In this episode of Bad Audio Diary, I demonstrate what could potentially go wrong if a performer touches the microphone. This is, I think, about as bad as things can get...
Are there any rules in sound engineering? I mean actual rules, not mere guidelines. Well yes, one such rule is that the performer should not touch the microphone, either during the performance, or to adjust its position, which is the engineer's job. Obviously this does not apply in the case of a mic that is intentionally hand-held, so this is the exception that proverbially proves the rule.
But what could go wrong if the performer touches the mic? Well here's an example. The venue is the UK House of Commons, where Parliament is discussing important issues. The performer is Prime Minister Boris Johnson, who feels that the microphone is not positioned correctly.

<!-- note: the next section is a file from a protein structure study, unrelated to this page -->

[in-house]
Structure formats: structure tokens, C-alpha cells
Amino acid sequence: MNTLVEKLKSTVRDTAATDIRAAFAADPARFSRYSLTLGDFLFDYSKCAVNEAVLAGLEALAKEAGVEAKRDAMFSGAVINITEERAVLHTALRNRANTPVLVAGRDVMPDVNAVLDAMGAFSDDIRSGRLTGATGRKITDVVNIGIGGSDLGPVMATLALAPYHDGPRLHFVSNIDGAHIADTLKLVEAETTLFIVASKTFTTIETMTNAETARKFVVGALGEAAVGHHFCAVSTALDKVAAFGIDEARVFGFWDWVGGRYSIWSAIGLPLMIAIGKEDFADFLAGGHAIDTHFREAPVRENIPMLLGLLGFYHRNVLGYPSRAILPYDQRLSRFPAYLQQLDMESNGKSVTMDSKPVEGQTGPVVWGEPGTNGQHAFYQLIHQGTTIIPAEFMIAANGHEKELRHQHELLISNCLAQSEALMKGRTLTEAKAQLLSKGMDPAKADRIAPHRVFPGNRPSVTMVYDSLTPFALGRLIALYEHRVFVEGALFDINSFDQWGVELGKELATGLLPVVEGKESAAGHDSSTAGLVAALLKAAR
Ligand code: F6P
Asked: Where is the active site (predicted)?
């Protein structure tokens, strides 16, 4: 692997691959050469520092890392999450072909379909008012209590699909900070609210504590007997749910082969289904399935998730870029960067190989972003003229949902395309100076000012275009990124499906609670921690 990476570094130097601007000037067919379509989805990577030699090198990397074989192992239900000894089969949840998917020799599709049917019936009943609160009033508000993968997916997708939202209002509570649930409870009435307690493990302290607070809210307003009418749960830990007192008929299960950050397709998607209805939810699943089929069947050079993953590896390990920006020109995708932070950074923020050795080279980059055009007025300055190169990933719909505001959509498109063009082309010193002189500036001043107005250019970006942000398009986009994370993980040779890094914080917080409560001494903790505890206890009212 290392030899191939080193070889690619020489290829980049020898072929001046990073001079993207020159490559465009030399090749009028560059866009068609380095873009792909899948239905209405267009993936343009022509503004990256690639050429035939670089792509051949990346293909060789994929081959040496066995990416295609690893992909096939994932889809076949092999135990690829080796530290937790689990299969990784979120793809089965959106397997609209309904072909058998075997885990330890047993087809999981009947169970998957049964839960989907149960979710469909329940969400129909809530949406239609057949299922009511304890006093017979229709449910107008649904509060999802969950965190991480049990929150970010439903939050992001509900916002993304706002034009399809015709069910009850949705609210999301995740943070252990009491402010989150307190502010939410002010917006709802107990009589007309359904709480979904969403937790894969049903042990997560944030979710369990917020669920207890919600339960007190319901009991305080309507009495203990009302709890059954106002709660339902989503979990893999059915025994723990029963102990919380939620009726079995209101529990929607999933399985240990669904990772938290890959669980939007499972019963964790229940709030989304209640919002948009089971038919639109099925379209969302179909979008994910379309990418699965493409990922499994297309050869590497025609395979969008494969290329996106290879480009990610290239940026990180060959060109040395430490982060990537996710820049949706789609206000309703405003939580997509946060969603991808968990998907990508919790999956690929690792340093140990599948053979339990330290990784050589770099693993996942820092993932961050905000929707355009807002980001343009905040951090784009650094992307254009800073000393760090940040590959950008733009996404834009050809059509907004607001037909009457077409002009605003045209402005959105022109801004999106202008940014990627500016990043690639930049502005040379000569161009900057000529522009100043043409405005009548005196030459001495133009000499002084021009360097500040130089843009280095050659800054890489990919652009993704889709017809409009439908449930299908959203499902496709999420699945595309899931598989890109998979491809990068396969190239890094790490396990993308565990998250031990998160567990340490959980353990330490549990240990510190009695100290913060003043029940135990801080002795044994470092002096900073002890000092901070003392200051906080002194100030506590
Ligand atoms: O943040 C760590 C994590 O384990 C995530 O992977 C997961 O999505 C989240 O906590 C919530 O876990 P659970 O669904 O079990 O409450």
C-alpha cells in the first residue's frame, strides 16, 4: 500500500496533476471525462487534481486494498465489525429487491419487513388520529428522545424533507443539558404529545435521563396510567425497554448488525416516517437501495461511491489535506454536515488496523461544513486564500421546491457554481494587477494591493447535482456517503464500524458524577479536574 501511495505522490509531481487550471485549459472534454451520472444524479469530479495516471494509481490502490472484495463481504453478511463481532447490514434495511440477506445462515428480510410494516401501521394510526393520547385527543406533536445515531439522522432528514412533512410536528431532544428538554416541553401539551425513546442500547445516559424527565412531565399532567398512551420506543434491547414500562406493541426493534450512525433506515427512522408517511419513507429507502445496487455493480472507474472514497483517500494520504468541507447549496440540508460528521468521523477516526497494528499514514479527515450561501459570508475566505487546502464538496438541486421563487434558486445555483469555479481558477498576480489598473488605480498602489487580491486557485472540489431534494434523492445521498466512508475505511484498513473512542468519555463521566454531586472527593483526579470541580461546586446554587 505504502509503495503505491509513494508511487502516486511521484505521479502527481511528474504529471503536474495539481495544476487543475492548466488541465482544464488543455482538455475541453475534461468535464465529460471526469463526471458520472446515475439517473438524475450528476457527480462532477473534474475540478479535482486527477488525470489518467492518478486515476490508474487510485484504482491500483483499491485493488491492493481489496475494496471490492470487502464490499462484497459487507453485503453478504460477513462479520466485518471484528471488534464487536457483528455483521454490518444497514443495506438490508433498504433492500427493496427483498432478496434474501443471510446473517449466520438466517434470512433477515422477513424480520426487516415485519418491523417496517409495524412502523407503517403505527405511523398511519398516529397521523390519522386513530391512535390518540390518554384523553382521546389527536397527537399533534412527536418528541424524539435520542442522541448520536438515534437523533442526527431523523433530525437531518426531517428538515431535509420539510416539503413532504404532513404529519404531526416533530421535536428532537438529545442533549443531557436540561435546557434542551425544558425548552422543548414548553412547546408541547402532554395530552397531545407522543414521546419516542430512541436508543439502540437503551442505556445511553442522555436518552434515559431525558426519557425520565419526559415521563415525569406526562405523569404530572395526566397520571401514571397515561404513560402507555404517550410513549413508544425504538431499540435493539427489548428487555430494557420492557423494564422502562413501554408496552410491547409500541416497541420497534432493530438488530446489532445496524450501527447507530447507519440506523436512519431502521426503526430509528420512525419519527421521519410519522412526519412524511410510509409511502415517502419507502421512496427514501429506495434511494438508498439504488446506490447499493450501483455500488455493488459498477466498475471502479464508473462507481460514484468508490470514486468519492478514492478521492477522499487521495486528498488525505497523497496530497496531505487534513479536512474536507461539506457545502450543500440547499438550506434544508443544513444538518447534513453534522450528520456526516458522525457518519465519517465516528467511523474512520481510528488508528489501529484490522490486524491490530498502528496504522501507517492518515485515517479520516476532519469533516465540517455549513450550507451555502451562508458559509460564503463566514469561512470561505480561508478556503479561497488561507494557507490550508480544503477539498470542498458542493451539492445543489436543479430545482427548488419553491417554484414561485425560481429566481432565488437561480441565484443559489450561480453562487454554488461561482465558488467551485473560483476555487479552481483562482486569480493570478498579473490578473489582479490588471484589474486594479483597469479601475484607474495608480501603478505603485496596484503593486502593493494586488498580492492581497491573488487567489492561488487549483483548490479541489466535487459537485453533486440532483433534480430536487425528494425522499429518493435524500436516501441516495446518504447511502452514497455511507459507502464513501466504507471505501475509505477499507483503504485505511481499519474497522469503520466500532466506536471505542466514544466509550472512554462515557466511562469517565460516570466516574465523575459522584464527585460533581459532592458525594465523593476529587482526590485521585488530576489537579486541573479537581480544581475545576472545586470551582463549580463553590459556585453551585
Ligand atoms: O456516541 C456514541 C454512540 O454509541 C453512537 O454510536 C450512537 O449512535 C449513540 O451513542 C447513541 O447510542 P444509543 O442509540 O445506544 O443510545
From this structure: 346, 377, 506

Here's how things should go...
Nothing wrong with that. The mic appears to be a vintage AKG D222 which has probably not been touched in the last 30 years.
This is what happened next...
Oh dear. Well at least nothing happened to disrupt the audio, and it easily could have.
So better send in someone to put things right. After three quarters of an hour of the mic stand sitting on top of the dispatch box. I don't know who this is - maybe a politician, maybe a member of House of Commons staff, maybe someone who is actually on sound duty, but I don't know.
That's better. But still things are not quite right, so maybe, after a while longer, make another adjustment...
Oh, and let the Leader of the Opposition, Jeremy Corbyn have his say...
The moral of the story? Don't let the performer touch the microphone.
Great home recording starts with a great home recording studio. It doesn't need to be expensive if you know how to select the right equipment for your needs.